Tilling Good Ground

As a college junior, she was a latecomer to my freshman English class. The subject of our discussion was the 2001 book Peace like a River by Leif Enger. Filled with allusions to the Bible, historic events, and Zane Grey westerns, the book has plenty of fodder for discussion in a college-level class.

What caught this particular student’s eye was a line that repeats throughout the text as the narrator/main character, an 11 year old boy, advises the reader to “make of it what you will.” The it he refers to is Christian faith, faith in the miraculous works that come only from God. The narrator isn’t pushy about faith. He simply unfolds the miracles and invites the reader to draw his own conclusions.

My student found that very appealing. She explained that she had rejected faith because it had always been a source of contention in her home. Her father had come from one denomination, her mother from another. They had never been able to find the peace that Christ offers and Enger depicts.

My experience growing up as the product of a ‘mixed marriage’ was quite different. Continue reading “Tilling Good Ground”

Night and Day

“Then God said, ‘Let there be light’; and there was light.  God saw that the light was good; and God separated the light from the darkness.  God called the light day, and the darkness He called night. And there was evening and there was morning, one day.” Genesis 1: 3b-5~

Evening and morning–the first day. That was how God measured days. We flip it around. In our minds, our days begin with dawn and end with sunset.

In that change, we show our preference for daylight. And we show it in other ways as well. Our brightly lit streets are illuminated to a degree far beyond our need to have a well-lit pathway. Our cities glow and flicker as business interests compete for our attention. We are like moths, and like moths, we find artificial light more attractive than natural light. And the more light we have the more we want–as in addiction.

In The End of Night, Paul Bogard takes a secular look at our desire for more and brighter light.

“As our surroundings grow brighter, we grow used to that level of brightness, and so anything dimmer seems extraordinarily dim, even dark. This is exactly what happened as artificial lighting developed through the ages. The once glorious oil lamps became dim and disgusting with the advent of wonderful gas lighting, which then became smelly and awful and unbearably dim the moment we saw electric light. . . . [O]nce our eyes get used to seeing brighter lights, we must have brighter lights.” Continue reading “Night and Day”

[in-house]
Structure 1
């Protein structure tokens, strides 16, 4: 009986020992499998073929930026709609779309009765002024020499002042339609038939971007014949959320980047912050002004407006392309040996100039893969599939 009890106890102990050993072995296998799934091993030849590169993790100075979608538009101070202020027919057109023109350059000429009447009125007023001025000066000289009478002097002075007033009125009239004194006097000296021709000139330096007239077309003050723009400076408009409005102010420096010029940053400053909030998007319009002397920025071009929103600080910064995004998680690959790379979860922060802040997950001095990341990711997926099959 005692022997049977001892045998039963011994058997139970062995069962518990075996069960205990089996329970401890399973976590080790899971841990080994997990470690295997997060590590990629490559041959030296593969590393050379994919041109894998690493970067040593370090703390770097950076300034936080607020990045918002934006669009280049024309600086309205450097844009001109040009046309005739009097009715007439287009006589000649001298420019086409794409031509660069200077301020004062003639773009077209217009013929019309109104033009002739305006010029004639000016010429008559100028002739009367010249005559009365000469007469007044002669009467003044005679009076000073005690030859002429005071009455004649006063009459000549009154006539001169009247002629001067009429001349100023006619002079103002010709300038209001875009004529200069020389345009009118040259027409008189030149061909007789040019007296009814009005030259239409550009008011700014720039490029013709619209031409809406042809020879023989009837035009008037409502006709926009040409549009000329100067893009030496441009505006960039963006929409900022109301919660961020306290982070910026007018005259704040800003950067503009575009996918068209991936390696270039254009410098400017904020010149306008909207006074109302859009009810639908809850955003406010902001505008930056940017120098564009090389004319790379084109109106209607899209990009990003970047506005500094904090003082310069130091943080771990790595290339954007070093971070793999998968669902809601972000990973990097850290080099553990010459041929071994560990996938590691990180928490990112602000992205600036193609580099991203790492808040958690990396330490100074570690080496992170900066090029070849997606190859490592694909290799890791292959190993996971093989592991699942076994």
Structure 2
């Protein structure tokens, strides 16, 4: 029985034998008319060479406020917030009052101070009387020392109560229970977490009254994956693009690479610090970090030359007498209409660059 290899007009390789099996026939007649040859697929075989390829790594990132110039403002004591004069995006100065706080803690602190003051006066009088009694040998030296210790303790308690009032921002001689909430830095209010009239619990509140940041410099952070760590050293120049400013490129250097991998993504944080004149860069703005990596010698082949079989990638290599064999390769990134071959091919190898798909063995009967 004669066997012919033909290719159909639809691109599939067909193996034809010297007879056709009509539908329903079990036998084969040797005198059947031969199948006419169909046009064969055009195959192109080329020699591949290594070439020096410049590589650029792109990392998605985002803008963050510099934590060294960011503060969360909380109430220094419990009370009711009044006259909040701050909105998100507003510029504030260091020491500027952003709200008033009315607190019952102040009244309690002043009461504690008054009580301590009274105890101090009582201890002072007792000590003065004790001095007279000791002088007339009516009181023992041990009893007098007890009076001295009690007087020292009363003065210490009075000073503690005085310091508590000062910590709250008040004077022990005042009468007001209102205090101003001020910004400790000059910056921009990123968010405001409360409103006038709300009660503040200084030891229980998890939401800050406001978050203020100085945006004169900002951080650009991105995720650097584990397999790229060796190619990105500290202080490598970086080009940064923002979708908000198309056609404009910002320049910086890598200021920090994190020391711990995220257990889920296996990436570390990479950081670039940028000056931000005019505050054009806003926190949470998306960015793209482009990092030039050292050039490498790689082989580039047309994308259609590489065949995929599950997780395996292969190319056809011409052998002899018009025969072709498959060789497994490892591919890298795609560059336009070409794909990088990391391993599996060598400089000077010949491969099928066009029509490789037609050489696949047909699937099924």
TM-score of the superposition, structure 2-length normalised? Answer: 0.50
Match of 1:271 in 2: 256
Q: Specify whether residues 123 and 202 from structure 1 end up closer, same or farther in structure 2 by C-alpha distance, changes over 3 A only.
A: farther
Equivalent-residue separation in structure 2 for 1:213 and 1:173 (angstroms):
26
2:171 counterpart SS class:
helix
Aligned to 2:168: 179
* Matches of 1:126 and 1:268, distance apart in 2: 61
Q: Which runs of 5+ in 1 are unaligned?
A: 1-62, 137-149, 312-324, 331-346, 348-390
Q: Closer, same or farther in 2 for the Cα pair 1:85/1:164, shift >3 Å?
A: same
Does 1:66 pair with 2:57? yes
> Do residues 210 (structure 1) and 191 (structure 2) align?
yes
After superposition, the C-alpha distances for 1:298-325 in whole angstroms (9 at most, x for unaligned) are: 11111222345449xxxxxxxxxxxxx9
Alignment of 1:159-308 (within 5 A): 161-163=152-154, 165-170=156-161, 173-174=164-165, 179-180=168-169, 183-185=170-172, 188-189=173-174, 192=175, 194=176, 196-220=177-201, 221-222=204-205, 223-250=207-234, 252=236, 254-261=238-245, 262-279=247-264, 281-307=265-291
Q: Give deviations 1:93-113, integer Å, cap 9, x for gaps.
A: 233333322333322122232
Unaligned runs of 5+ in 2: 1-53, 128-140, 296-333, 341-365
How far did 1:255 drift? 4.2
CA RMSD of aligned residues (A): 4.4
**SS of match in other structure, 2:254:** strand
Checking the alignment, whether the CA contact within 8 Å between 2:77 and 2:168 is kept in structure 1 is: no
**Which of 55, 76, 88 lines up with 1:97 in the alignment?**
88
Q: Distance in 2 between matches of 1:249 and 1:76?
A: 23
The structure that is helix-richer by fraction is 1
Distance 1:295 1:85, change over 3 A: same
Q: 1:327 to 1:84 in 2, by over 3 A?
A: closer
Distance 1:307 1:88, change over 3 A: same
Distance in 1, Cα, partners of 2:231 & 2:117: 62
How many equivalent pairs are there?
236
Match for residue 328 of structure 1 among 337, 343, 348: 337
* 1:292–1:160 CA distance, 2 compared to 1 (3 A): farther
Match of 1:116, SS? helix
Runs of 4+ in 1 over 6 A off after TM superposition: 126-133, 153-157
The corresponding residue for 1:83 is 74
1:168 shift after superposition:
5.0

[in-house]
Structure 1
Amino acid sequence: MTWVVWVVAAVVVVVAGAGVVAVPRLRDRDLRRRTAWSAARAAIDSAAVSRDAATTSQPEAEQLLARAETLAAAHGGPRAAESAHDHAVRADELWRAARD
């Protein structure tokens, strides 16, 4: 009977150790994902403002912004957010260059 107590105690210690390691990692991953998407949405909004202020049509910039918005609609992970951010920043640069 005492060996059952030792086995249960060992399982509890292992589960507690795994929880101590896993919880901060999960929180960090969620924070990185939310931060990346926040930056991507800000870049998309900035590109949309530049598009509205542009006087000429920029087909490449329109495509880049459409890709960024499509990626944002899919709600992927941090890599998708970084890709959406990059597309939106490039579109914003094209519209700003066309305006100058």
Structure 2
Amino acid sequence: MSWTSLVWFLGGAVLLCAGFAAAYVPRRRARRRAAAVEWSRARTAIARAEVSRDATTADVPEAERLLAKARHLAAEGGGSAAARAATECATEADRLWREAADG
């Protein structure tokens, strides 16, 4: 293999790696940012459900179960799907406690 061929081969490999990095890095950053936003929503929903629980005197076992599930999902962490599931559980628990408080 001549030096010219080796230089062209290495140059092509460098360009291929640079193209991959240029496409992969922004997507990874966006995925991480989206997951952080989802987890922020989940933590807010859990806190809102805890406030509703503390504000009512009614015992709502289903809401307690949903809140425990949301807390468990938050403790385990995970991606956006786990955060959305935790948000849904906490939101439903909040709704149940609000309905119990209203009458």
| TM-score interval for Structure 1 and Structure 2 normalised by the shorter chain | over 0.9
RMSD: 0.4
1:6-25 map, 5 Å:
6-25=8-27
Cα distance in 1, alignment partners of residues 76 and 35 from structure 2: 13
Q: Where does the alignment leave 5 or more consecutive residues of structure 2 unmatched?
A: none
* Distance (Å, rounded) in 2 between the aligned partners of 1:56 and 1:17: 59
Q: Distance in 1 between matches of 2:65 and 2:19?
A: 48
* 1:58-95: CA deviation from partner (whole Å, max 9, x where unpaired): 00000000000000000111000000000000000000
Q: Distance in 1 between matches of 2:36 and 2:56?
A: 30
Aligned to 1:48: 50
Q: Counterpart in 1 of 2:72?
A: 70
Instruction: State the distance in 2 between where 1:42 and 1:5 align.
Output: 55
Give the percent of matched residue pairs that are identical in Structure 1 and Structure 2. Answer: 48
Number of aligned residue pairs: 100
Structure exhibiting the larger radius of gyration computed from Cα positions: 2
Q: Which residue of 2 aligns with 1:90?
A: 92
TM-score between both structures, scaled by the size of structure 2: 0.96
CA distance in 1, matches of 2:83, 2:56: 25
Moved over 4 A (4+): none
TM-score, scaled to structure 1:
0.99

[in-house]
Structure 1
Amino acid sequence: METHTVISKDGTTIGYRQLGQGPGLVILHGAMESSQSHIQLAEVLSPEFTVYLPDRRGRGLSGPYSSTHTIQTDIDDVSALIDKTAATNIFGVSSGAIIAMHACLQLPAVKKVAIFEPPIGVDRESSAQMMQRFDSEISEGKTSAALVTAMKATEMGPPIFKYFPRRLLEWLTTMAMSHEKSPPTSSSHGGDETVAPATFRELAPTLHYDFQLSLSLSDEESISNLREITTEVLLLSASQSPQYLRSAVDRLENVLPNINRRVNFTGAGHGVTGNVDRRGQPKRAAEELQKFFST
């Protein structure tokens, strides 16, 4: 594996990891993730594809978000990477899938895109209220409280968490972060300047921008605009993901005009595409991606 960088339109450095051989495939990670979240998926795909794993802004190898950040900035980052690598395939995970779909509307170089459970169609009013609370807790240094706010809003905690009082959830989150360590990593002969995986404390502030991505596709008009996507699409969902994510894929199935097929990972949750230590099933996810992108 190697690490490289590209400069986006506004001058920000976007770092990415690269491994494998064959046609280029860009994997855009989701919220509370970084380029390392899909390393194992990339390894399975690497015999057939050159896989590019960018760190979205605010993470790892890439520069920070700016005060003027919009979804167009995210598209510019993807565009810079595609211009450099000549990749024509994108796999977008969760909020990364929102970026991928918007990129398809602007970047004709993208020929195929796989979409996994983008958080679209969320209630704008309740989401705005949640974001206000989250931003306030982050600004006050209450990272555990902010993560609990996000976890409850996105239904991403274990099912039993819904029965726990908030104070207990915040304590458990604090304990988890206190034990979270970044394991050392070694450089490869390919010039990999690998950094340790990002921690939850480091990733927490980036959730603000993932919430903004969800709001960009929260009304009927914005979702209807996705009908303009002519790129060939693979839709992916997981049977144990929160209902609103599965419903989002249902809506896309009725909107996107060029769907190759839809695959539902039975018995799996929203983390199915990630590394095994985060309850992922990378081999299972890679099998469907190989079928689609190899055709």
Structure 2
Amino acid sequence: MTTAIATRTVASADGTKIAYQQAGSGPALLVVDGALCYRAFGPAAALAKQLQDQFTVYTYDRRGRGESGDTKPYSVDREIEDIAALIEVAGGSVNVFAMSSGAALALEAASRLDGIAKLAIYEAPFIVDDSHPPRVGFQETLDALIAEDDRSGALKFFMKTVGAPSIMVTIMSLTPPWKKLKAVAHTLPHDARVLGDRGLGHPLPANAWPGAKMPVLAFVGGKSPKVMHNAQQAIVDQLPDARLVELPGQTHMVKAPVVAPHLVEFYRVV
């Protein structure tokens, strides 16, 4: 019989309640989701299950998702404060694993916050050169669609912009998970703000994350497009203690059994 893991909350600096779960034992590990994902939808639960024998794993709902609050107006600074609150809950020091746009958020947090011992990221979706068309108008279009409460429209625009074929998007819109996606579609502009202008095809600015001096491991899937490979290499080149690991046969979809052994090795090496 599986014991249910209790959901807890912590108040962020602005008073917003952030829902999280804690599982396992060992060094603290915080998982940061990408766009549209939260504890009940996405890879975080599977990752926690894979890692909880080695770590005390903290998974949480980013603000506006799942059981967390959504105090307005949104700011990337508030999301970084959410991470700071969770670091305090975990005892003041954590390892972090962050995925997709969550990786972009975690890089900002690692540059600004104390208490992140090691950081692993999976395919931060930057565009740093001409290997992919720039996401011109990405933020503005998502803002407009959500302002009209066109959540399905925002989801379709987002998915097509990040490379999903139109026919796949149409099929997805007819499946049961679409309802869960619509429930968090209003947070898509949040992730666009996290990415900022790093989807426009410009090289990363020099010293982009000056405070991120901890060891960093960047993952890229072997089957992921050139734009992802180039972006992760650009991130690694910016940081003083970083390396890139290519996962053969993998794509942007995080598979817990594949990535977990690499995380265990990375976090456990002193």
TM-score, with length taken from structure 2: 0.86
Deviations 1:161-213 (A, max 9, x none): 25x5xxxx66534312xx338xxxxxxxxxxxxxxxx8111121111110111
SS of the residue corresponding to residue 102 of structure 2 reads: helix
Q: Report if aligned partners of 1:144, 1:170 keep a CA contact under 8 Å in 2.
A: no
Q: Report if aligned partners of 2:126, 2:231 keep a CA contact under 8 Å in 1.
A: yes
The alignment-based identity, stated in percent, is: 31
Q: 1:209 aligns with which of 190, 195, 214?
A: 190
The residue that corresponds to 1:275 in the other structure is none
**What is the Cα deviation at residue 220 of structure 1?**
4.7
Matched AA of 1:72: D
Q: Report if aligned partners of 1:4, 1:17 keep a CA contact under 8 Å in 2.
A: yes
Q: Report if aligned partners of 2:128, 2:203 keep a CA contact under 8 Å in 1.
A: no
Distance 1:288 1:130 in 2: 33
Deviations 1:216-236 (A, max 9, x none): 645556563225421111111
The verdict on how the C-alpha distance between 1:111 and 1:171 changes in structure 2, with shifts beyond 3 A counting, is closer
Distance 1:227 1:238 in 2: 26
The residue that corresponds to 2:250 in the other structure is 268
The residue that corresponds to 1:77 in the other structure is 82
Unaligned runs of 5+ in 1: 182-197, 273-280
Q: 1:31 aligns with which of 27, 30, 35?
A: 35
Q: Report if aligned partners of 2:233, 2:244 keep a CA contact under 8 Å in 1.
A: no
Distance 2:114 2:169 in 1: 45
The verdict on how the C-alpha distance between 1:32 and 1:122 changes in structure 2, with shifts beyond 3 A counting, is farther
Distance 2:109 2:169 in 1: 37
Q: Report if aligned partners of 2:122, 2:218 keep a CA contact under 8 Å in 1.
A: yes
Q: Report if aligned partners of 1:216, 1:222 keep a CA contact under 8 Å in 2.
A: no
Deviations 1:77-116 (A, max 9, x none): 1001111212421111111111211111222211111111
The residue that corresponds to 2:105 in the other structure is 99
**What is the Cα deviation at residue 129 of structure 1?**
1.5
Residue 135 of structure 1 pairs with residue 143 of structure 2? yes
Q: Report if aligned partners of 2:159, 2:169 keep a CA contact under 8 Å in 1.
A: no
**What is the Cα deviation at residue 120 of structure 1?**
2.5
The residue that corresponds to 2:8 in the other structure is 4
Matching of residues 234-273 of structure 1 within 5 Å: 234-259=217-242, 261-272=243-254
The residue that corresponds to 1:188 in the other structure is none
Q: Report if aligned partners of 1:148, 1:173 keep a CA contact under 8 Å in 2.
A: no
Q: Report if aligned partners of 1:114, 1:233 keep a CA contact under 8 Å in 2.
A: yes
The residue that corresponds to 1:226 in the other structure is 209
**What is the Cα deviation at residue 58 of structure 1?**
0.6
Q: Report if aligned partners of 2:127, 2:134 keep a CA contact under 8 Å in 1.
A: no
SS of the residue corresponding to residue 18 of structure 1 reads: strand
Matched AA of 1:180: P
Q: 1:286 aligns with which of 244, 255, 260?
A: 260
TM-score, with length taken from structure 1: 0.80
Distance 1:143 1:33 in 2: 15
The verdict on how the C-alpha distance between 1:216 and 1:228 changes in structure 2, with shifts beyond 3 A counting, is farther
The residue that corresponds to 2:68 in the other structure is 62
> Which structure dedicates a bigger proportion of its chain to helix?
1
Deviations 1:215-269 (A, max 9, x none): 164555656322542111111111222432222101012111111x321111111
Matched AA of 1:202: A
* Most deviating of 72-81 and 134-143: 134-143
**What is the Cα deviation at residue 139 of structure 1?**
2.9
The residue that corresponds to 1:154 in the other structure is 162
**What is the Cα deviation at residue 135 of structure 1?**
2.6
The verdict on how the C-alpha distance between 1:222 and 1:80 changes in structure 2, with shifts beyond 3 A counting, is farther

AIDS: A Modern Plague on Youth

Every three minutes, a teenage girl acquires AIDS.

That’s 20 every hour, 480 every day, 14,400 every month, and 172,800 every year.

That’s a great deal of innocence lost.

A United Nations (UN) representative calls it a “crisis of health.” It’s that and so much more.

“In most countries, women and girls lack access to information, to services, or even just the power to say no to unsafe sex,” according to the UN spokesperson.

Young women, ages 15 to 19, acquire AIDS at twice the rate male teens do. But acquiring AIDS is no less tragic for young men. They may also lack the power to say no.

The distribution of condoms reduces the rate of AIDS, however, only “under the right conditions.” And those conditions would include not only education but also enough regard for a sex partner to take the step of protection. Still, a condom is never a guarantee.

“Safe sex” is a misnomer. There is no safe sex outside of lifelong monogamy. The price these young people pay? They pay with their lives–for someone else’s moment of pleasure.

Last year, 130,000 youngsters aged 19 and under died from AIDS, while 430,000 — almost 50 every hour — were newly infected, the [UN] agency said.”

The UN proposes to “reach young people and curb the epidemic among them.” But how is that possible when they lack the power to say no?

The solution is not in distributing more condoms and convincing people to use them. It’s in convincing people not to use other people.

And the source of that understanding comes only from the Gospel.

Photo Credit: Pixabay